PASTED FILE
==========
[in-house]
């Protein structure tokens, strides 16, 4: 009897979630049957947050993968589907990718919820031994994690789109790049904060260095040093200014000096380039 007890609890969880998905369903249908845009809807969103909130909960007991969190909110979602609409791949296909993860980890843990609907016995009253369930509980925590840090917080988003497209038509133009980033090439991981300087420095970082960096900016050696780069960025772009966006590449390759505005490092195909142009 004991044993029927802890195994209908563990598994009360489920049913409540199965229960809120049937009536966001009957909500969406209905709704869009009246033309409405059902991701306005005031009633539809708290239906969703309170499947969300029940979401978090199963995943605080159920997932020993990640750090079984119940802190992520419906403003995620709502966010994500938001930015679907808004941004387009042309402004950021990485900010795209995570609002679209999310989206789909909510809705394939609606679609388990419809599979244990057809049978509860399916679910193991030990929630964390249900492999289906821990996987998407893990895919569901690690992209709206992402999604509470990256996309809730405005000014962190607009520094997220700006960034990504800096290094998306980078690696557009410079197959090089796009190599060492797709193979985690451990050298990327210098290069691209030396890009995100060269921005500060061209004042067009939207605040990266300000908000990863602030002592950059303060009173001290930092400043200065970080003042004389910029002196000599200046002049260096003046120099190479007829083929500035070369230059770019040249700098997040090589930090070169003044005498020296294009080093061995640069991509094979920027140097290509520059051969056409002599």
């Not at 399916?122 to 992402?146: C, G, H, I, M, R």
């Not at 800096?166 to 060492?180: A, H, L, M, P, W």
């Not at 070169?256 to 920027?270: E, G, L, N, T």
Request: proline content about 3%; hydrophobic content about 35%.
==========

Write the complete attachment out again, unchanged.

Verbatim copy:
[in-house]
């Protein structure tokens, strides 16, 4: 009897979630049957947050993968589907990718919820031994994690789109790049904060260095040093200014000096380039 007890609890969880998905369903249908845009809807969103909130909960007991969190909110979602609409791949296909993860980890843990609907016995009253369930509980925590840090917080988003497209038509133009980033090439991981300087420095970082960096900016050696780069960025772009966006590449390759505005490092195909142009 004991044993029927802890195994209908563990598994009360489920049913409540199965229960809120049937009536966001009957909500969406209905709704869009009246033309409405059902991701306005005031009633539809708290239906969703309170499947969300029940979401978090199963995943605080159920997932020993990640750090079984119940802190992520419906403003995620709502966010994500938001930015679907808004941004387009042309402004950021990485900010795209995570609002679209999310989206789909909510809705394939609606679609388990419809599979244990057809049978509860399916679910193991030990929630964390249900492999289906821990996987998407893990895919569901690690992209709206992402999604509470990256996309809730405005000014962190607009520094997220700006960034990504800096290094998306980078690696557009410079197959090089796009190599060492797709193979985690451990050298990327210098290069691209030396890009995100060269921005500060061209004042067009939207605040990266300000908000990863602030002592950059303060009173001290930092400043200065970080003042004389910029002196000599200046002049260096003046120099190479007829083929500035070369230059770019040249700098997040090589930090070169003044005498020296294009080093061995640069991509094979920027140097290509520059051969056409002599």
């Not at 399916?122 to 992402?146: C, G, H, I, M, R």
């Not at 800096?166 to 060492?180: A, H, L, M, P, W």
């Not at 070169?256 to 920027?270: E, G, L, N, T």
Request: proline content about 3%; hydrophobic content about 35%.